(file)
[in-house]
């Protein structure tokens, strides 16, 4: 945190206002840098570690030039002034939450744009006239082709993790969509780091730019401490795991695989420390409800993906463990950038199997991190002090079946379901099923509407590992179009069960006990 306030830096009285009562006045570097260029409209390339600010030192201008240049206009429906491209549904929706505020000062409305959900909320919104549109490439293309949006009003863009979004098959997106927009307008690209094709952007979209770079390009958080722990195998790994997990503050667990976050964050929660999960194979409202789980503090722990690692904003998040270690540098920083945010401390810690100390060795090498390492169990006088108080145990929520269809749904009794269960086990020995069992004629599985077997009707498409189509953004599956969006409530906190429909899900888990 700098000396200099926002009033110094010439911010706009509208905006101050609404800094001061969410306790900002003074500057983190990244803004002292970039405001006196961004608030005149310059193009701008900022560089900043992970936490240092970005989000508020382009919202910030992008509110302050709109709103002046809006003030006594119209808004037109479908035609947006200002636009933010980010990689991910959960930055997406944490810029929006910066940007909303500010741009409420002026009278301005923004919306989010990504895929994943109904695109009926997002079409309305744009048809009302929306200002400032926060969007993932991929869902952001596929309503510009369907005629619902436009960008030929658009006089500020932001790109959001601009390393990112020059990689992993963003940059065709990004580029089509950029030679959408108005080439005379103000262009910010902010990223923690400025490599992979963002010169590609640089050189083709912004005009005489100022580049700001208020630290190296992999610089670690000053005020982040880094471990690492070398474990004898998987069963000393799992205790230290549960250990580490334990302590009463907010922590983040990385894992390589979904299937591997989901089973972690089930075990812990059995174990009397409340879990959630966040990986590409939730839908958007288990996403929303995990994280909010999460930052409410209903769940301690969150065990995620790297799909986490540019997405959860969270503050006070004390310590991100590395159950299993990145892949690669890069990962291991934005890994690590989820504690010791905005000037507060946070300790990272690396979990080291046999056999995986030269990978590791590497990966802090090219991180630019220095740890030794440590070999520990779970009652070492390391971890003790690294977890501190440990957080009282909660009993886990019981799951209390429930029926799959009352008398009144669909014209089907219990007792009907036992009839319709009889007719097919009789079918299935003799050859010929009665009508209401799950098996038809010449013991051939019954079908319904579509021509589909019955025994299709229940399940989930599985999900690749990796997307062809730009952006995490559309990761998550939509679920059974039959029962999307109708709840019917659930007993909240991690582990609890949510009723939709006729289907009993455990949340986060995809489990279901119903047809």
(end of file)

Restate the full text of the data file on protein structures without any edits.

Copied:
[in-house]
């Protein structure tokens, strides 16, 4: 945190206002840098570690030039002034939450744009006239082709993790969509780091730019401490795991695989420390409800993906463990950038199997991190002090079946379901099923509407590992179009069960006990 306030830096009285009562006045570097260029409209390339600010030192201008240049206009429906491209549904929706505020000062409305959900909320919104549109490439293309949006009003863009979004098959997106927009307008690209094709952007979209770079390009958080722990195998790994997990503050667990976050964050929660999960194979409202789980503090722990690692904003998040270690540098920083945010401390810690100390060795090498390492169990006088108080145990929520269809749904009794269960086990020995069992004629599985077997009707498409189509953004599956969006409530906190429909899900888990 700098000396200099926002009033110094010439911010706009509208905006101050609404800094001061969410306790900002003074500057983190990244803004002292970039405001006196961004608030005149310059193009701008900022560089900043992970936490240092970005989000508020382009919202910030992008509110302050709109709103002046809006003030006594119209808004037109479908035609947006200002636009933010980010990689991910959960930055997406944490810029929006910066940007909303500010741009409420002026009278301005923004919306989010990504895929994943109904695109009926997002079409309305744009048809009302929306200002400032926060969007993932991929869902952001596929309503510009369907005629619902436009960008030929658009006089500020932001790109959001601009390393990112020059990689992993963003940059065709990004580029089509950029030679959408108005080439005379103000262009910010902010990223923690400025490599992979963002010169590609640089050189083709912004005009005489100022580049700001208020630290190296992999610089670690000053005020982040880094471990690492070398474990004898998987069963000393799992205790230290549960250990580490334990302590009463907010922590983040990385894992390589979904299937591997989901089973972690089930075990812990059995174990009397409340879990959630966040990986590409939730839908958007288990996403929303995990994280909010999460930052409410209903769940301690969150065990995620790297799909986490540019997405959860969270503050006070004390310590991100590395159950299993990145892949690669890069990962291991934005890994690590989820504690010791905005000037507060946070300790990272690396979990080291046999056999995986030269990978590791590497990966802090090219991180630019220095740890030794440590070999520990779970009652070492390391971890003790690294977890501190440990957080009282909660009993886990019981799951209390429930029926799959009352008398009144669909014209089907219990007792009907036992009839319709009889007719097919009789079918299935003799050859010929009665009508209401799950098996038809010449013991051939019954079908319904579509021509589909019955025994299709229940399940989930599985999900690749990796997307062809730009952006995490559309990761998550939509679920059974039959029962999307109708709840019917659930007993909240991690582990609890949510009723939709006729289907009993455990949340986060995809489990279901119903047809």